Why Hedge Funds Should Think About Paying Bonuses Before Tax Overhaul

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Senate Scrambles to Pass GOP Tax Plan

Hedge fund firms should consider paying out bonuses before the end of the year so employees can take advantage of current tax breaks before they potentially change, according to Nicholas Tsafos, partner at accounting firm EisnerAmper.

Tsafos, whose firm advises 1,400 hedge fund firms, is encouraging clients to consider doling out bonuses early, instead of the typical February payout, to ensure that workers benefit from existing deductions for state and local levies. The push by Congress to overhaul the tax code for 2018 could scrap or crimp those regulations that allow some residents to decrease their federal taxable income.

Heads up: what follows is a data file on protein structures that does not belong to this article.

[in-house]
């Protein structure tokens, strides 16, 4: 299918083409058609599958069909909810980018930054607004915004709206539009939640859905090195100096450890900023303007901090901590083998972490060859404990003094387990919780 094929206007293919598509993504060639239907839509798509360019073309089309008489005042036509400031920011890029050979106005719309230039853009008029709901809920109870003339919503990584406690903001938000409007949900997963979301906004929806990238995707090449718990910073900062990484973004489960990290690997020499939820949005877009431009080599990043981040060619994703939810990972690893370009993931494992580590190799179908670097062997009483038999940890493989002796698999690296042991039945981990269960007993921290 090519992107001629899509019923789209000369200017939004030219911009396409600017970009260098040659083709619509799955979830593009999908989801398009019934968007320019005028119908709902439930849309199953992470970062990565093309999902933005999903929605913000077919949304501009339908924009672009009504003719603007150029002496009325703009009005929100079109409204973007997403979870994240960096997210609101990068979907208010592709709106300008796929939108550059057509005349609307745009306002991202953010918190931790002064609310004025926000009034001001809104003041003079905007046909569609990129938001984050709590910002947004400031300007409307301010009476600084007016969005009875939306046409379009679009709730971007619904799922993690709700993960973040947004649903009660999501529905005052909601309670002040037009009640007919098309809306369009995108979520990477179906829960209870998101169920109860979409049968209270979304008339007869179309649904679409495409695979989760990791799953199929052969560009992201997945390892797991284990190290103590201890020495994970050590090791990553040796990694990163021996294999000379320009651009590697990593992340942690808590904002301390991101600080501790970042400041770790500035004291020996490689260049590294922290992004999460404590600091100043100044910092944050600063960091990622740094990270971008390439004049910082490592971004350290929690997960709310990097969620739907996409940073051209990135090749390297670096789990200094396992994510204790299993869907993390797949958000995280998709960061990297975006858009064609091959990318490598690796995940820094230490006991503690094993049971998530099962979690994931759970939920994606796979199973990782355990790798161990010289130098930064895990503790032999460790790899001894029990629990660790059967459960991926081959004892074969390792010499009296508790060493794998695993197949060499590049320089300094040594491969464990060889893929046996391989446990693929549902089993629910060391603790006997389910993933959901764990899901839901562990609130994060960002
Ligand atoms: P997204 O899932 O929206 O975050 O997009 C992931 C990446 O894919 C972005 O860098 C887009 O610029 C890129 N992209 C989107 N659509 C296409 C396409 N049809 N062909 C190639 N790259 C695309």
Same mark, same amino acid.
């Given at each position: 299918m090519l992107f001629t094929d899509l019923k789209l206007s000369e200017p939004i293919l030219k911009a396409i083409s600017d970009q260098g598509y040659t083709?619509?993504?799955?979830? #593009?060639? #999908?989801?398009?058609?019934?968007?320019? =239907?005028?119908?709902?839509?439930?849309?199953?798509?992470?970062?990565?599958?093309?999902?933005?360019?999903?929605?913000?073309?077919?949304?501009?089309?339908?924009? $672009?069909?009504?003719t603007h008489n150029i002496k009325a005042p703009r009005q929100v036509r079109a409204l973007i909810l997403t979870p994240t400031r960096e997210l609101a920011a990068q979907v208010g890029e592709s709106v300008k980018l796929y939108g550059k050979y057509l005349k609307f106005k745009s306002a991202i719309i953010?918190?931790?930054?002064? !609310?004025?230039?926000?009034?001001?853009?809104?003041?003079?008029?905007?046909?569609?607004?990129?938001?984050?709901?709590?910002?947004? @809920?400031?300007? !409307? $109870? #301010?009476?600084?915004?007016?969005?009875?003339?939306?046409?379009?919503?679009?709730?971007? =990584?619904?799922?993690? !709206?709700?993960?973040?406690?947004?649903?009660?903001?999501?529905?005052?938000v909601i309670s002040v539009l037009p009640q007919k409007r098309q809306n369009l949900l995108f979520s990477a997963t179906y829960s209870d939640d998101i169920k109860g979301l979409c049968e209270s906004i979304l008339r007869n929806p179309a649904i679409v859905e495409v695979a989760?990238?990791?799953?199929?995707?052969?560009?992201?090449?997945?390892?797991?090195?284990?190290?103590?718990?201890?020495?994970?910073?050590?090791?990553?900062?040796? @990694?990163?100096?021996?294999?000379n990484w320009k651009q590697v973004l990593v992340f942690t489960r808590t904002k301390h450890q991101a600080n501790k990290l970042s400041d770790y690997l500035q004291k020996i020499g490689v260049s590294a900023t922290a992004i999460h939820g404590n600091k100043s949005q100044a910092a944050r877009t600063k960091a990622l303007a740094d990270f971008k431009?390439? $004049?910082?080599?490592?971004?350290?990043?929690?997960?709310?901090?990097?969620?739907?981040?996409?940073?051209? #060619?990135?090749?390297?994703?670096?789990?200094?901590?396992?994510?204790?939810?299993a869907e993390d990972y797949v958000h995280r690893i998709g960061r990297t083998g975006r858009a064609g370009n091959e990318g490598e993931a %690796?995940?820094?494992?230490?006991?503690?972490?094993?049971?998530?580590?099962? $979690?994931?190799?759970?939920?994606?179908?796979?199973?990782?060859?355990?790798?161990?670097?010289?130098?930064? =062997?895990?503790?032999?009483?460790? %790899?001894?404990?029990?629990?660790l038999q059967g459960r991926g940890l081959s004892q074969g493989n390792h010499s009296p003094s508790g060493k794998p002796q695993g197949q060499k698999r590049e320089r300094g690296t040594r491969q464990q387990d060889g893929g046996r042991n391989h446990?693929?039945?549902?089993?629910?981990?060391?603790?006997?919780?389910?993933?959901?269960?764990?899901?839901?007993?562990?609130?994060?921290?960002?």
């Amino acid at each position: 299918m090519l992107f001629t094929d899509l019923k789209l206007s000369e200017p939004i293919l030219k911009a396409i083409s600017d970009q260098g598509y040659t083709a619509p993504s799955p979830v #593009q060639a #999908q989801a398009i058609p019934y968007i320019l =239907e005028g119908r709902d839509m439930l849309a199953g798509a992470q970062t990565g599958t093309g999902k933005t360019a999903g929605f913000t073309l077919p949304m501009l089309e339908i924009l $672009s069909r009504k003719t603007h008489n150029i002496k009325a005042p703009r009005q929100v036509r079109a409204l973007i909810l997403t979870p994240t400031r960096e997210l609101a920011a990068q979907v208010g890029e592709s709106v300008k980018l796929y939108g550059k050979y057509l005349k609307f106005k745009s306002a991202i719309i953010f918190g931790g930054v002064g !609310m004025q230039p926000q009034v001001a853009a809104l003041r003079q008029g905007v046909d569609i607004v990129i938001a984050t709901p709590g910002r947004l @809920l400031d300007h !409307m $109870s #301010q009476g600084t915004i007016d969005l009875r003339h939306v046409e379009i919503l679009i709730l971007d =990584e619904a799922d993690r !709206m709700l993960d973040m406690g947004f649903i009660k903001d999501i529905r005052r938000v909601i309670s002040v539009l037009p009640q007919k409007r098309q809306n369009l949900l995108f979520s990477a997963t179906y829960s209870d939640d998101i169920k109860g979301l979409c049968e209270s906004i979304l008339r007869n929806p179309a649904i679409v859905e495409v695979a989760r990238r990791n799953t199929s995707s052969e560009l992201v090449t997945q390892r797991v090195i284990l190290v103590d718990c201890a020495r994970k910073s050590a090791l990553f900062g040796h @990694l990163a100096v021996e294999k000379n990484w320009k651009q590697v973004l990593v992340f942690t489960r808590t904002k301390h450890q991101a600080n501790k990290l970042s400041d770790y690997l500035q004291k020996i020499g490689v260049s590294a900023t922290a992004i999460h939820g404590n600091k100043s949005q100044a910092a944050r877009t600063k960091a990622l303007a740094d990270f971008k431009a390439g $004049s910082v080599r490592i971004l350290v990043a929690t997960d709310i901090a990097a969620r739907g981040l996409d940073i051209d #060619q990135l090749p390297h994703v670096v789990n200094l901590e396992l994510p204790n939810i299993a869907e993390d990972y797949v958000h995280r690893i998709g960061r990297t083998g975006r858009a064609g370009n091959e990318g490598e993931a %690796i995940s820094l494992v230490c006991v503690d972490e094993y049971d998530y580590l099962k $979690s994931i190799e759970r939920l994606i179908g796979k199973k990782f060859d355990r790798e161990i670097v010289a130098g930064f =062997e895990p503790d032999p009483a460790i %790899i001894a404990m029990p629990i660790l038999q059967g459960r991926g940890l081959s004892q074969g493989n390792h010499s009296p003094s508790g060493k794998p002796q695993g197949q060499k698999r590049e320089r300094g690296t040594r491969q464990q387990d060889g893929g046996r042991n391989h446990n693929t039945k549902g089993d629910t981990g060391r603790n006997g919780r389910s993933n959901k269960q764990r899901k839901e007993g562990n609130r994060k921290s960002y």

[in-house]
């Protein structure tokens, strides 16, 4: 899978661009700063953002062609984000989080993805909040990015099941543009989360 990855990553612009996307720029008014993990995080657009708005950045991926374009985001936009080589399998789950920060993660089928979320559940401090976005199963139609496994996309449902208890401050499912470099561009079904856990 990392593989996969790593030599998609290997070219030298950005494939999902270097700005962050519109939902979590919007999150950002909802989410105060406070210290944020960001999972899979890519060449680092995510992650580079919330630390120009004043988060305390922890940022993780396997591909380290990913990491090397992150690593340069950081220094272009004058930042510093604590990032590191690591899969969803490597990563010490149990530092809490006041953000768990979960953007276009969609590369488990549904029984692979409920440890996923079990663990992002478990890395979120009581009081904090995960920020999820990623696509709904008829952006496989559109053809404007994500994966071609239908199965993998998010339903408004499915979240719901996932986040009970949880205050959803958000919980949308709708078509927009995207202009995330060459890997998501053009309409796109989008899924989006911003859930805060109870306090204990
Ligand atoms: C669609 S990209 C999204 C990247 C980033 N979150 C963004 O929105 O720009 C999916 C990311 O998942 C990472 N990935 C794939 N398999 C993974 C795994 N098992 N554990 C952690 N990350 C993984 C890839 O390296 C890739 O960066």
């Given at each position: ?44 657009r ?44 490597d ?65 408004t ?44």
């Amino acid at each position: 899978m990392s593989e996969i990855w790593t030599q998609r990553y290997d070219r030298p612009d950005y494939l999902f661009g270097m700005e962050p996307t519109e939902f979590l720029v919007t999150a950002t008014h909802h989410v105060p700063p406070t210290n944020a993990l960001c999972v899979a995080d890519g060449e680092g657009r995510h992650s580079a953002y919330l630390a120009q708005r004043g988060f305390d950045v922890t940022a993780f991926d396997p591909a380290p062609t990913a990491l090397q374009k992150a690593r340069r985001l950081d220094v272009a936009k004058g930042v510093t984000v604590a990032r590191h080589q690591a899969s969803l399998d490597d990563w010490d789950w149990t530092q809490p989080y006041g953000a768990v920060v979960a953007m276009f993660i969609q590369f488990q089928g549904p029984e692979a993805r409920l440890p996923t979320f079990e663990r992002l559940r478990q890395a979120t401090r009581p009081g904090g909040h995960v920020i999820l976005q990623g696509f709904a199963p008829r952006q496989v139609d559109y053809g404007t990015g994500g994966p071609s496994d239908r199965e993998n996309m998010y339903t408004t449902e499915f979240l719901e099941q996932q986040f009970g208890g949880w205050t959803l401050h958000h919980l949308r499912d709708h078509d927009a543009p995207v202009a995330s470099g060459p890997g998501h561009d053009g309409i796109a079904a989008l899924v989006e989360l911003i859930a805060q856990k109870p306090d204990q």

“It is better for bonuses to go out soon because at a minimum they can get state and local tax deductions this year versus next year,” he said.

Bonus pay can make up between 49 percent and 80 percent of an employee’s compensation, according to the 2017 Hedge Fund Compensation Report. Employees at funds that gained at least 25 percent in 2016 are expected to receive a bonus of about $179,000, according to the report which polled staff at more than 200 hedge fund firms globally.

Moving up bonuses to this year presents a snag, though. It means employees would be getting two bonuses in one year, which could push them into an even higher tax bracket, Tsafos said. Adjusting the payout is something a hedge fund firm would need to analyze and discuss with its employees, he said.

More on the potential changes to state-and-local taxes here

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